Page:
His Dark Materials–thoughts after part one

So, when is a review not a review?  When it only makes simple comments on the first of a two-part production.

It seems that most of the press of this tour of His Dark Material’s have only looked at part one, but as the play is clearly meant to be seen in conjuncture with the second part, that seems rather unfair.  This isn’t like a Greek trilogy or one of Shakespeare’s histories where each part stands well on its own; this is meant to be one production that is digested in two sittings.

So instead, I present you with some of my views and thoughts of the play so far, like someone speaking at the bar during the interval (as I guess, in a way, I’m in the middle of a 21-hour interval).

The strongest aspect is the adaptation.  I am amazed with Nicholas Wright’s treatment of Philip Pullman’s rather difficult and complex trilogy.  His work with Northern Lights/The Golden Compass (whatever you want to call the first book) was actually much better than the film.  The film famously played down the religious aspects.  I have both read the book and seen the film, and I had forgotten how prevalent the religious commentary was until seeing the play.  As much as I’d liked the film, I now understand the heavy backlash many of the book’s fans have had towards the film.  However, I’m not nearly as impressed with his work on The Subtle Knife.  I will have much more to say on this in the official review, especially as a large chunk of Knife has yet to be performed.

I’m enjoying most of the performances.  Using adults to play children is the correct choice, especially as the two main characters take a rather difficult and mature journey, one that the majority of younger players couldn’t handle.  And the ensemble work is rather seamless.  There are some rather horrible accents, however.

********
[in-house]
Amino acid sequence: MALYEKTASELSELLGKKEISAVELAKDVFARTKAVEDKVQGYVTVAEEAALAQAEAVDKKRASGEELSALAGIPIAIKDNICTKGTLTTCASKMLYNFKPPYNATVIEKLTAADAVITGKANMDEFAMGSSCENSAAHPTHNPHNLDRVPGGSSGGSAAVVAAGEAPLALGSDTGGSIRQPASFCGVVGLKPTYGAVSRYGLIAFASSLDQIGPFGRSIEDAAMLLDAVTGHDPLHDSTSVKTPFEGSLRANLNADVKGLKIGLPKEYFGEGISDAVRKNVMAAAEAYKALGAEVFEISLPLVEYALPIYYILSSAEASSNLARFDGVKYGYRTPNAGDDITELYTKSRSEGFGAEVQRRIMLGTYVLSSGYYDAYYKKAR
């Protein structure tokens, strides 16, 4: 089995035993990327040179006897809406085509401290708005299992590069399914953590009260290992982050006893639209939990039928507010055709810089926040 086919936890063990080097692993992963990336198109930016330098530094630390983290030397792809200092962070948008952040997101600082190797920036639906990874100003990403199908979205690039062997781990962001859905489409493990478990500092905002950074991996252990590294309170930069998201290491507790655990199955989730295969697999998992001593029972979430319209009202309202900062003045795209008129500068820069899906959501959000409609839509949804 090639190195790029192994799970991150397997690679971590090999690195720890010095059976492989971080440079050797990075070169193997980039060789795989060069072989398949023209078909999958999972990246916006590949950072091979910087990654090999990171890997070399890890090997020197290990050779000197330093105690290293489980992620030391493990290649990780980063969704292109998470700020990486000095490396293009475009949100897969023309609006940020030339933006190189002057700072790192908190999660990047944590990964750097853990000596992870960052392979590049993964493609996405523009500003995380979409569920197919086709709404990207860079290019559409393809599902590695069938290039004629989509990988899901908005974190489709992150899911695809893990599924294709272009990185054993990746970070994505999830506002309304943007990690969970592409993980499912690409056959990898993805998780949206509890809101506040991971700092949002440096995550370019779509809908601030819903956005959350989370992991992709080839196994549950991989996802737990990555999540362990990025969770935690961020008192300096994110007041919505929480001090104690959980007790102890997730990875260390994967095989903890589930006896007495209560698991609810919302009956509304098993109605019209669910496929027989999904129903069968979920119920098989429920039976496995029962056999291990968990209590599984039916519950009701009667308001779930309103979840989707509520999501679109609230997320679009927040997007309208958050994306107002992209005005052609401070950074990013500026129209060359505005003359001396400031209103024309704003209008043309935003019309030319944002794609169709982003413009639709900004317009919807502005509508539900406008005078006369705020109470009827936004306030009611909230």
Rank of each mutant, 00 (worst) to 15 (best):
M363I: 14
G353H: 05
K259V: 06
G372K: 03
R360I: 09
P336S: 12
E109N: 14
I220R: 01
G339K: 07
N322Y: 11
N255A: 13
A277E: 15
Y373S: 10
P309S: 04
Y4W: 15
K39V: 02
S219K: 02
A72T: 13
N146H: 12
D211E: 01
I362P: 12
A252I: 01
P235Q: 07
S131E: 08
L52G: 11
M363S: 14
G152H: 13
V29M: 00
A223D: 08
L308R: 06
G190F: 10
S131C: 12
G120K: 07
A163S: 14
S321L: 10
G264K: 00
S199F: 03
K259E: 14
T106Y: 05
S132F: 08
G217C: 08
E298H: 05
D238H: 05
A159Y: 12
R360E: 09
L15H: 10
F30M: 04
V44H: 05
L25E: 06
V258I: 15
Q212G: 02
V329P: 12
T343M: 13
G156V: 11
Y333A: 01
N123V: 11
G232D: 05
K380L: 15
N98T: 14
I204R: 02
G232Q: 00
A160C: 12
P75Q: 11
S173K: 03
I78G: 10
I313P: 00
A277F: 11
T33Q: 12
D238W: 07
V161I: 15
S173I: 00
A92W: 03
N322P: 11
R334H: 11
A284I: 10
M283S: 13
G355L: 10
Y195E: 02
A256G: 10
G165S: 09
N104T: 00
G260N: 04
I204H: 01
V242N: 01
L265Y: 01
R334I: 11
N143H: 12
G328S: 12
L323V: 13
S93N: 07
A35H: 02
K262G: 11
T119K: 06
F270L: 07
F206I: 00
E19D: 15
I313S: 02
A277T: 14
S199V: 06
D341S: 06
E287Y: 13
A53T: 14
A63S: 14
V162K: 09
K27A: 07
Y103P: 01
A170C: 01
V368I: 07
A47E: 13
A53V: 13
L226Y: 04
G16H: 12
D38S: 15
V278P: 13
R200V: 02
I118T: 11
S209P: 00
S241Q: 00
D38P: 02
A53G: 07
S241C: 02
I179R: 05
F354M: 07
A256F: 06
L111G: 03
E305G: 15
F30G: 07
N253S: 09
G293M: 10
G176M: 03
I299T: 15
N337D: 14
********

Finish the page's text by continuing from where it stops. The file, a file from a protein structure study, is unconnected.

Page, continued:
The use of puppets for the daemons is also quite successful.  The puppets are all clever, not people in rubber suits but artistic extensions of the actors that play them.  Gerard Carey’s Pantalaimon is rather remarkable in that you are constantly watching both him as an actor and his work with his puppet.  It might prove to be the best performance of the entire production.

But for me there is one great weakness: the Festival is just too big for this production.  True, it has a large ensemble and set pieces, and all of this would be difficult to fit in a smaller-sized playing area.  However, much of the emotion of the story is getting lost in the sometimes great distance between players.  It feels as if the actors have to run onstage just to make their cues.  The story is huge in scope but emotionally it is actually quite intimate, and much of that intimacy is being lost.

So, in closing, I have rather enjoyed part one of His Dark Materials and look forward to part two.  Those who know the books know that the story gets bigger in the second half, so perhaps the distance may be addressed and plot may become denser.  We shall soon see.

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